What exactly is foraging?
it’s a classic question that may be answered in a number of ways depending who you ask. All the beekeepers I’ve ever asked tell me that foraging is what the bees do when they go out looking for nectar and pollen.
If you were to ask me I’d almost agree with the Beekeepers, however I’d open it up to all animals.
Foraging is the art of being able to go out and collect safe to eat foods from your surrounding spaces. I haven’t specifically added wild spaces here on purpose, because many fantastic edibles can be found in urban areas as well. However, I wouldn’t class skip jumping as foraging or stealing from a supermarket as foraging.
I definitely think there needs to be an element of wilderness involved in foraging, collecting plants that weren’t specifically or purposefully planted also plays a role for me. If I know someone had purposefully planted ‘wild garlic’ in their garden and picked/ate it – I wouldn’t class that as foraging. However if I was out in the middle of a woodland and stumbled across a non native tomato plant and picked those (even though they’re not classed as wild plants) I’d class that as foraging, because they weren’t planted there purposefully or with the intent of becoming food.
I also think that a key part of foraging is to learn how to monitor and nurture your surrounding spaces. It’s definitely not all about collecting as much as you can and leaving the land to deal with it. I advise people to not pick anything for at least one year, instead interact and watch the spaces you plan to harvest from in the future. Figure out how it works, what animals are there, what do they feed on, where do the bugs like to hang out. When you come to it, all this information will help you make informed decisions. For example; if I’d been watching a space I may come to realise that the spiders like to make their webs in a specific corner of a wood, therefore I’ll avoid walking through or picking from that specific spot. I may see that the deer have a specific path they like to take at a certain time of day, so I’ll make sure to be out of their way when they come. It might sound silly, but you will inevitably pick this up over time. I call it a foragers instincts but it’s surely just learning patterns within nature. These instincts develop over time and will eventually allow you to predict what you may find before you even find it – A specific tree in the distance looks as though it could harbour some fantastic chicken of the woods fungus.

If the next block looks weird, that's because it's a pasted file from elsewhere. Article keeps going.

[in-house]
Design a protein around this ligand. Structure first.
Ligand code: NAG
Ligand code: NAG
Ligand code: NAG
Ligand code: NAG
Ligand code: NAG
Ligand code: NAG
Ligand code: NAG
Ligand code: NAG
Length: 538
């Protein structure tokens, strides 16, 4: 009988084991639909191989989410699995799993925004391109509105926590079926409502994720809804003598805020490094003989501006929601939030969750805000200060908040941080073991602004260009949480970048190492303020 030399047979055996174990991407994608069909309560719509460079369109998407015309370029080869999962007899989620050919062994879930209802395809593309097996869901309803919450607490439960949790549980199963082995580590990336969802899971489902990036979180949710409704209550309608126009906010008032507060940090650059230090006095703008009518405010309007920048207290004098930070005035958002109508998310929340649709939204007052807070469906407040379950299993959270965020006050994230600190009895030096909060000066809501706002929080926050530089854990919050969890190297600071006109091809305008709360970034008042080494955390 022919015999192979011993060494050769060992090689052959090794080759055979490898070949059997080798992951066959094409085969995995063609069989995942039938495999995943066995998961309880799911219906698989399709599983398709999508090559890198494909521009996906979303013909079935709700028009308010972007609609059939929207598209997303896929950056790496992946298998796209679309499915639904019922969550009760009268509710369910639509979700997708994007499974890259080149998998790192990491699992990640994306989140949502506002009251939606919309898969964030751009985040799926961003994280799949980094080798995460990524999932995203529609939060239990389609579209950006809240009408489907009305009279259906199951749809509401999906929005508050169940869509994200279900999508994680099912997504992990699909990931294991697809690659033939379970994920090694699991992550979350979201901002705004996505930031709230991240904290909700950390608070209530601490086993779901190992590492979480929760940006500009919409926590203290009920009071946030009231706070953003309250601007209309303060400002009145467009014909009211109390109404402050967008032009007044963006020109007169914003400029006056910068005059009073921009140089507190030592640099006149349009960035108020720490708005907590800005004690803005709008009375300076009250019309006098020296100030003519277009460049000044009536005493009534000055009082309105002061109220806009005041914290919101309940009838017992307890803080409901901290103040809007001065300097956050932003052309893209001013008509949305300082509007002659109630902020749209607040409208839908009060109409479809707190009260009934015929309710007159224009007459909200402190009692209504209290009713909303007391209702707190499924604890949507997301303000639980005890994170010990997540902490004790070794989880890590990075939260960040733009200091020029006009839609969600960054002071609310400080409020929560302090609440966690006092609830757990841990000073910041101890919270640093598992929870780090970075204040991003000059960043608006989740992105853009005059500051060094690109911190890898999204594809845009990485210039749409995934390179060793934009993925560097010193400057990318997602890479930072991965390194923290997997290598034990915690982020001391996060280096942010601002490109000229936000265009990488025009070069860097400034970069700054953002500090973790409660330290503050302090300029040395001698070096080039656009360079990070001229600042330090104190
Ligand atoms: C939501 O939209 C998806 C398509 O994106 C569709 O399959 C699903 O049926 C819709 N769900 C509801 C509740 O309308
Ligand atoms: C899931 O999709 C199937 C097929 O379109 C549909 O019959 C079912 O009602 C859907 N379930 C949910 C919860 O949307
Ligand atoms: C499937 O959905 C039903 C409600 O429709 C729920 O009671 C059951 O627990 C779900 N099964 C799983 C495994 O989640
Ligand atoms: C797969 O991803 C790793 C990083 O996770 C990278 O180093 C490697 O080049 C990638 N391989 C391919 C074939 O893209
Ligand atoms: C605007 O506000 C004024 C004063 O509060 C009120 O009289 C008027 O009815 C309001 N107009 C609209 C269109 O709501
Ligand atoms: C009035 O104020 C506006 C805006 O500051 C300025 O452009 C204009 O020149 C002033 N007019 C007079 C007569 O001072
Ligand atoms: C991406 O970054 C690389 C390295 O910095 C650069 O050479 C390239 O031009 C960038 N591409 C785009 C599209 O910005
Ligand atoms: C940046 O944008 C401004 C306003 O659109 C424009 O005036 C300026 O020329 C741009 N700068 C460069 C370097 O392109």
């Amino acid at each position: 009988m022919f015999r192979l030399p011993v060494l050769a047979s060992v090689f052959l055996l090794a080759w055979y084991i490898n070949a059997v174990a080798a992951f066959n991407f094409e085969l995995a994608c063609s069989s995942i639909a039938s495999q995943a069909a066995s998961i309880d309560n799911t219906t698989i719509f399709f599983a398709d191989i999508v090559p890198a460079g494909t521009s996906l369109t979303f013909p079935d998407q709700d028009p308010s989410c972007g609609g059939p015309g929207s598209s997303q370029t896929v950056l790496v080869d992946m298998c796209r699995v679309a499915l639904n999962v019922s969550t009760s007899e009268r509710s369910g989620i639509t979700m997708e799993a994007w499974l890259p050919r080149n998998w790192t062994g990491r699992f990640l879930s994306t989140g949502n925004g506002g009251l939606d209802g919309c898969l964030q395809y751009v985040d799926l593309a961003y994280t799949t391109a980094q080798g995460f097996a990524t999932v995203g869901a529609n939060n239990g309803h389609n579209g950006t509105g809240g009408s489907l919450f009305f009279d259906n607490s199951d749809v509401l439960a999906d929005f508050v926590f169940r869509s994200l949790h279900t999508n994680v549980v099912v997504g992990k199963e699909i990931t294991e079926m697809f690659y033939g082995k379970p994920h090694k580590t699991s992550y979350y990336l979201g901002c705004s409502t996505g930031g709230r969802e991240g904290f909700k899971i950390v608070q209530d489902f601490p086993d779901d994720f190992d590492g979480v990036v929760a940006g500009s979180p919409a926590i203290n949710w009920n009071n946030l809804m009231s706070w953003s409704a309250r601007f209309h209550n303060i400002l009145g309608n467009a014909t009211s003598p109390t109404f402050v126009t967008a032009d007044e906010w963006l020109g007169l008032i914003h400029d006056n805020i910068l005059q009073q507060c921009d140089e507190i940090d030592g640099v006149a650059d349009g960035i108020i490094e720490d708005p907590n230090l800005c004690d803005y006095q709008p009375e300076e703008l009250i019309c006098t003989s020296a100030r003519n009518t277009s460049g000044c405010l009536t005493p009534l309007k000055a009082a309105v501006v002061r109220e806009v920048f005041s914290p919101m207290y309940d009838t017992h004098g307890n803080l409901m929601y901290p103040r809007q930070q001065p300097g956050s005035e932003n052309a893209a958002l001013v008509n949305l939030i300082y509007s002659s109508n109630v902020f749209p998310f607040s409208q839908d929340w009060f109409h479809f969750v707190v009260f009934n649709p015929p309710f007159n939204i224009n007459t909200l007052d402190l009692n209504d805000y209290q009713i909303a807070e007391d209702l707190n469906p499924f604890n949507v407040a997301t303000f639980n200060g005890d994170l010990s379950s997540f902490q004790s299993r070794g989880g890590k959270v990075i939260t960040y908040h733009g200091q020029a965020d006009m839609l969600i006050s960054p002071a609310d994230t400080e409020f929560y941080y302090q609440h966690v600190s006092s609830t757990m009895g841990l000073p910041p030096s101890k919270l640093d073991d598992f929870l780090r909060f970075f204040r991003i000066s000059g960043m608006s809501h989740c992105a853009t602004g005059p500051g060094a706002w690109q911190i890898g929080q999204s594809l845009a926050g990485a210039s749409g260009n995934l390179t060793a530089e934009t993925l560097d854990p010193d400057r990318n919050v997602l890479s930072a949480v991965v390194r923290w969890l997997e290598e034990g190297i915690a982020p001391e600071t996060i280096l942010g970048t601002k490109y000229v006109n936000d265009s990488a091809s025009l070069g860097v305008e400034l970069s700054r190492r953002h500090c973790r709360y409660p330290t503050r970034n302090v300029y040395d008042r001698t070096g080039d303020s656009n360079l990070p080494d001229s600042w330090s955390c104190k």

It’s a funny one really but if I was to list it, it would look like this:
- the art of finding, correctly identifying and harvesting food from wild spaces
- the collection of plants that weren’t planted intentionally or for food purposes
- the monitoring and caring of your wild and natural environments.
This may or may not answer your question, but hopefully, it’s at least given you something to think about when you’re next out in wild spaces and it’s definitely got me thinking about it.